Interisland plane crashed in Pampanga

Kills three, saves three others

April 23, 2010

Clark - An Interisland Airlines Antonov 12BP cargo plane (UP-AN216, msn402001,cn51) crashed Wednesday in San Patricio village, Mexico town, Pampanga while attempting to land at its destination airport in Clark.

Three crew were killed and three others were rescued by villagers from the burning wreckage. Mexico town police head Superintendent Ferdinand Perez identified the fatalities as Russian ground engineers Mikolay Bannon and Vadim Yakimov and Bulgarian crew member Tzvitoslav Guetchevski whose remains were found "beyond recognition".

The survivors were pilot Yuri Tochocony, 50, co-pilot Dmitri Straminski, 39, and crewmember Bokadier Ruchev, 34.

Tochony said he and the two other survivors ran to safer ground after jumping from the plane. He further said that only one of the crewmen was at the cargo cabin in the middle section of the aircraft at the time of the crash, while he and the four other crewmen were inside the cockpit.

Initial investigation showed that the cargo plane which came from Mactan, Cebu on a routine chartered flight by the Pacific East Asia Cargo Company in behalf of cargo forwarder United Parcel Service (UPS) encountered a short circuit at about 8:50 p.m., triggering a fire inside the aircraft. Clark's tower lost communication with the aircraft at 9:10 p.m.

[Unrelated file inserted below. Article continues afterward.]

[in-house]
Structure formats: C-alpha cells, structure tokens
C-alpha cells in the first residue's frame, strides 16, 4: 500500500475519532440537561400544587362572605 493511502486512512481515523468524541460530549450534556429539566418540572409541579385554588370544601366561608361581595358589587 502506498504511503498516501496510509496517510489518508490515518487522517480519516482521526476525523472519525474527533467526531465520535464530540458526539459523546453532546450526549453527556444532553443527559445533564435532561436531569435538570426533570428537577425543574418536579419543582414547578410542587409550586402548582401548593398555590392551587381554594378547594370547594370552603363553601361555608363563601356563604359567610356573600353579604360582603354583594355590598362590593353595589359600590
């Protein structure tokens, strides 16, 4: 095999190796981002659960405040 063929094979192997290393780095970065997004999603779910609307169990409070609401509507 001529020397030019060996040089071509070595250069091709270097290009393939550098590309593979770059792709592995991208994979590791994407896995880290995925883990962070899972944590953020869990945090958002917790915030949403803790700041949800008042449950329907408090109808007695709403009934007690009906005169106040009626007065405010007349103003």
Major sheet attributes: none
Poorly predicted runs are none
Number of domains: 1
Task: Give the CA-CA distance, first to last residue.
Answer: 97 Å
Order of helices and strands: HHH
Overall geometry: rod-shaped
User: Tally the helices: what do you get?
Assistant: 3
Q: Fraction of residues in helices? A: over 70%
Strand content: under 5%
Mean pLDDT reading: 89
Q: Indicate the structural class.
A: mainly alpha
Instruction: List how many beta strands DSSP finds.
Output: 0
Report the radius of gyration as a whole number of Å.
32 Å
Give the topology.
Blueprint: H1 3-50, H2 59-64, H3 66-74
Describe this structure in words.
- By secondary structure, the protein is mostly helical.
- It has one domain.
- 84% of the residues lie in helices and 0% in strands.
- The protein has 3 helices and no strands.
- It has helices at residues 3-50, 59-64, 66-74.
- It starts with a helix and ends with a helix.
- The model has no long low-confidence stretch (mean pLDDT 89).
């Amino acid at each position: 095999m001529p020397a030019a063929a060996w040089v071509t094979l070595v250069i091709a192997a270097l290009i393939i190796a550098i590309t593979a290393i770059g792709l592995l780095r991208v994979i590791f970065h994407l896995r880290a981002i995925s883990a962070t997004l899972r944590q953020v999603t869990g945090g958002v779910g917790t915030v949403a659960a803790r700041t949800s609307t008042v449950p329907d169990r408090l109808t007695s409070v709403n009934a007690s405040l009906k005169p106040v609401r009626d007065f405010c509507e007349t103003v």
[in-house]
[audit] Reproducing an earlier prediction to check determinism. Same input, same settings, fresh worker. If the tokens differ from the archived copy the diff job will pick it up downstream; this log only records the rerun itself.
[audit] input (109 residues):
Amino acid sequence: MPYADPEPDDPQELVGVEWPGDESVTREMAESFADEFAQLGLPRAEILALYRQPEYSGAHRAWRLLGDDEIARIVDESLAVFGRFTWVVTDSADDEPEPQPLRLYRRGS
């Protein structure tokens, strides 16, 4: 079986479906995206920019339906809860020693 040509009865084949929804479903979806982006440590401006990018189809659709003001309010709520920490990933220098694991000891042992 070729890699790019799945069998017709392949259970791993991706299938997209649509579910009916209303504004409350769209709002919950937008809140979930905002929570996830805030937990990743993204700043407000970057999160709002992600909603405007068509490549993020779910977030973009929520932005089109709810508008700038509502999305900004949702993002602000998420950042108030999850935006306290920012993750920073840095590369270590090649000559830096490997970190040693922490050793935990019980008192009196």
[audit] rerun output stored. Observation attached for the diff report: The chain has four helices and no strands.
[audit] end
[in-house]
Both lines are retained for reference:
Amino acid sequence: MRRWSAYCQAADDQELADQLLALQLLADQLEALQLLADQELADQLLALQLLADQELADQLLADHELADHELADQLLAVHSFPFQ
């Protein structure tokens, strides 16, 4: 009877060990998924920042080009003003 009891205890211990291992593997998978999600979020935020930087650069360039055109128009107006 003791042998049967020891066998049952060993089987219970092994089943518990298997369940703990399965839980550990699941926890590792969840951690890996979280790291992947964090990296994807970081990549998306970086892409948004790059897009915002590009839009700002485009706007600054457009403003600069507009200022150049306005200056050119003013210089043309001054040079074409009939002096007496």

Russian pilot Yuriv Tochonyy called the tower for an emergency landing but was forced to make landing in Barangay Laput in Mexico, Pampanga and crashed landed about 22 miles (35 kilometers) south of Clark airport.

"The pilots were already in communication with the tower before they declared an emergency" said Alfonso Cusi, director-general of the Civil Aviation Authority of the Philippines. He added the plane was only 10 minutes away from landing when it crashed.

"The cause of the crash looks to be a technical problem with the aircraft's electrical system," says Cusi.

Aircraft investigators from the Civil Aviation Authority of the Philippines have already retrieved the plane's black box and voice recorder. However, investigators could not immediately examine the voice recordings in the black box because they were in Russian.

The aircraft owned by ATMA airlines of Kazakhstan was on a wet lease to Interisland, says Cusi. It first flew as CCCP-11976 in October 14, 1963.

Cusi said two task force were organized, with the first looking on the cause of crash, while the other team would look into documents and records of how the aircraft was able to obtain an Airline Certificate of Conveyance and airworthiness certificate.

Interisland operates a fleet of four aircraft mostly manufactured in the 60's for charter passenger service and cargo flights.

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